Piracy on the world's seas reached a five-year low last year, with 297 ships attacked in 2012, compared with 439 in 2011, the International Maritime Bureau (IMB) of the International Chamber of Commerce (ICC) said in its annual global piracy report. Worldwide figures were brought down by international efforts against Somali piracy, the repor found, though East and West Africa remained the worst hit areas, with 150 attacks in 2012. Globally, 174 ships were boarded by pirates last year, while 28 were hijacked and 28 were fired upon. IMB's Piracy Reporting Centre also recorded 67 attempted attacks. The number of people taken hostage onboard fell to 585 from 802 in 2011, while a further 26 were kidnapped for ransom in Nigeria. Six crewmembers were killed and 32 were injured or assaulted.
Amid sketchy and conflicting reports of how much territory the jihadists have gained in their southern thrust and to what extent last week's French air-strikes have halted it, BBC News tells us Jan. 16 that French ground forces are now engaged in the battle for the town of Diabaly, just 220 miles north of Mali's capital, Bamako. A convoy of 50 armored vehicles left Bamako overnight for Diabaly, seemingly a joint force of French and Malian troops. French Defense Minister Jean-Yves Le Drian said: "Today, the ground forces are being deployed. Until now, we had made sure there were a few ground forces in Bamako to keep our people safe... Now French ground forces are heading up north."
The Office of the Prosecutor (OTP) of the International Criminal Court (ICC) has accused a group of Islamist radicals of committing crimes against humanity in Nigeria. According to the OTP's "2012 Report on Preliminary Examination Activities" (PDF), there is a reasonable basis to conclude that Boko Haram, an Islamist militant group that endeavors to create an Islamic state, has violated several provisions under Article 7 of the Rome Statute since launching a widespread attack in July 2009 that has resulted in the killing of more than 1,200 Christian and Muslim civilians throughout Nigeria.
Gunmen attacked a mosque in a village in Dogo Dawa village in Nigeria's northern Kaduna state Oct. 14, killing 22 worshippers as they were leaving after prayers. Authorities called it an attack by a criminal band against followers of a vigilante group rather than sectarian violence. But that same day saw multiple attacks in the northeastern city of Maiduguri, including an armed assault on a church that killed a married couple and their child in the city Gwange area. In a separate incident, the traditional chief in Gwange, Mala Kaka, was gunned down in his home. Kaka was close to Umar Garbai el-Kanemi, a local cleric who was the intended target of a suicide blast in July. The suicide attack, attributed to Boko Haram, killed five but left Kanemi unharmed. (AFP, Oct. 15; Reuters, Oct. 14)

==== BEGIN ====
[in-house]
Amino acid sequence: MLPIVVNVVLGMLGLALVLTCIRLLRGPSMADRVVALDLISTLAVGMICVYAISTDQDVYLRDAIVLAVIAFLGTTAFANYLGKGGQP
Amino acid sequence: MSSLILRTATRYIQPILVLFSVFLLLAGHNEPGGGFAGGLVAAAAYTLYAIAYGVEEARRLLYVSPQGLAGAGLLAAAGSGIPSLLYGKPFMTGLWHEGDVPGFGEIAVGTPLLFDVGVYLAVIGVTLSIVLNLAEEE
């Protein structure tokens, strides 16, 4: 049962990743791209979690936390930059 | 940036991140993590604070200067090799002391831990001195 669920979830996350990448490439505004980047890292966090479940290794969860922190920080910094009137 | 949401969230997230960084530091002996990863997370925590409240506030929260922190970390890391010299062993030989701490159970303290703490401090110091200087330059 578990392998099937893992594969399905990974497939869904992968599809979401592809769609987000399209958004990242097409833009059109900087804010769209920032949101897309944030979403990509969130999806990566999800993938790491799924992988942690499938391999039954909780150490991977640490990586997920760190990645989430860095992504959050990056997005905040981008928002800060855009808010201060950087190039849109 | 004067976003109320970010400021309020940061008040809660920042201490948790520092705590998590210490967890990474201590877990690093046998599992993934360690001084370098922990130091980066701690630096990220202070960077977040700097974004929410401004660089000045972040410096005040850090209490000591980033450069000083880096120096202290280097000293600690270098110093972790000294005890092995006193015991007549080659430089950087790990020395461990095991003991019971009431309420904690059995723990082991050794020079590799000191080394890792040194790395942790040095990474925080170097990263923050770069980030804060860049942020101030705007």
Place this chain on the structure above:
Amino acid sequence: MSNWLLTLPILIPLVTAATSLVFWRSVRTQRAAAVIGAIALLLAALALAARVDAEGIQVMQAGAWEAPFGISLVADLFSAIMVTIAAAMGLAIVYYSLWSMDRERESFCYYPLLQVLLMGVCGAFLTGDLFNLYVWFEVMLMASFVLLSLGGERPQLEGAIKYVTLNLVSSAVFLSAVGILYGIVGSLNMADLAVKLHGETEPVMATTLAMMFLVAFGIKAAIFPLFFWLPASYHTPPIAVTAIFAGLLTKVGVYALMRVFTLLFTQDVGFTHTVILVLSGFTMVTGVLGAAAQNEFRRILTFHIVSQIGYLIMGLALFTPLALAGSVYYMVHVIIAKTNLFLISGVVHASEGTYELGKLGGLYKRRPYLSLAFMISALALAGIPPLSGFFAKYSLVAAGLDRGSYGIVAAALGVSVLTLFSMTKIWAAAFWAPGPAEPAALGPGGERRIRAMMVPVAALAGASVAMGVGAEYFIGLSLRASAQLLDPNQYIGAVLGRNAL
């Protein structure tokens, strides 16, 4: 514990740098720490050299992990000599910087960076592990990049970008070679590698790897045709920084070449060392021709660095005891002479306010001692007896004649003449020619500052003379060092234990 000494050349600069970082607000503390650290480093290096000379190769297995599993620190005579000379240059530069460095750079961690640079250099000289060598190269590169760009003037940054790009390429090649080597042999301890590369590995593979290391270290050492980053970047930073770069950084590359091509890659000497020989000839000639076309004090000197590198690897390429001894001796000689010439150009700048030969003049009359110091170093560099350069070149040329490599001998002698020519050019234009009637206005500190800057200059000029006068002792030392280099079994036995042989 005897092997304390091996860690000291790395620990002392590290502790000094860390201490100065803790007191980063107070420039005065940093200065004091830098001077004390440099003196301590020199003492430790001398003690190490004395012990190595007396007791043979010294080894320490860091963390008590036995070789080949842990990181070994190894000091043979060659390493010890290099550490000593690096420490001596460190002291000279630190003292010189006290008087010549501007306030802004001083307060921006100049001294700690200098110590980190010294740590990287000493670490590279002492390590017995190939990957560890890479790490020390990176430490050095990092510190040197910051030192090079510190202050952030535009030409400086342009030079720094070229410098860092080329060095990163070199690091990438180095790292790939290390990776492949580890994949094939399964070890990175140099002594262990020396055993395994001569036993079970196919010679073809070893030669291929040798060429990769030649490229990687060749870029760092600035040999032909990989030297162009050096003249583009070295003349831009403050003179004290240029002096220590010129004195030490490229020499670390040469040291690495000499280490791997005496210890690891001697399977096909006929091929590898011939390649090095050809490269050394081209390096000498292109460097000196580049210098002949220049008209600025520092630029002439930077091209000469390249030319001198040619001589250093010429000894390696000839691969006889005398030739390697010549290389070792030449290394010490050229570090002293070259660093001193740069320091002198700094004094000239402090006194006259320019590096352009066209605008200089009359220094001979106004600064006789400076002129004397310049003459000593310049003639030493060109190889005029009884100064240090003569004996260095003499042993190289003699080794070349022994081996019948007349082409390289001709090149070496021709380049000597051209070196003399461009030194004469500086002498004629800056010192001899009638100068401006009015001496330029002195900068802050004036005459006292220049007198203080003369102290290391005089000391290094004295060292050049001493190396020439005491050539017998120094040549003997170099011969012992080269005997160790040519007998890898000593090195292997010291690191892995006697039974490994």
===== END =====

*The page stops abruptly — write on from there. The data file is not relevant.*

Four Nigerian residents and an advocacy group told a Dutch court on Oct. 11 that Shell should be held liable for damage from oil pollution in the Niger Delta. The suit, which was filed by the four villagers and Friends of the Earth Netherlands in 2008, is the first time a Dutch company has been sued for the alleged misconduct of its foreign subsidiary. Shell has maintained throughout the trial that the case should be heard in Nigeria and that the Dutch court does not have jurisdiction. Friends of the Earth Netherlands says that the case could set an international precedent encouraging victims of pollution by Western corporations to sue in the Netherlands and other nations in the EU, noting that there are hundreds of thousands of pollution victims in Nigeria alone. Shell argues that the pollution damage was caused by thieves who sabotaged the oil lines and that its local subsidiary fulfilled its duty in cleaning up the spills. A verdict in this case is expected by early 2013.
Gunmen attacked two ships off the coast of Nigeria's oil-rich southern delta Aug. 4, killing two naval troops protecting the vessels and seizing four foreign workers before fleeing. Six naval troops were aboard the vessel, which belongs to the Sea Truck oil services company. The Nigerian navy has dispatched boats and a helicopter to the area. Sporadic attacks on oil infrastructure in the Niger Delta have continued despite a 2009 amnesty for militant groups. (AP, Radio Netherlands, Aug. 4)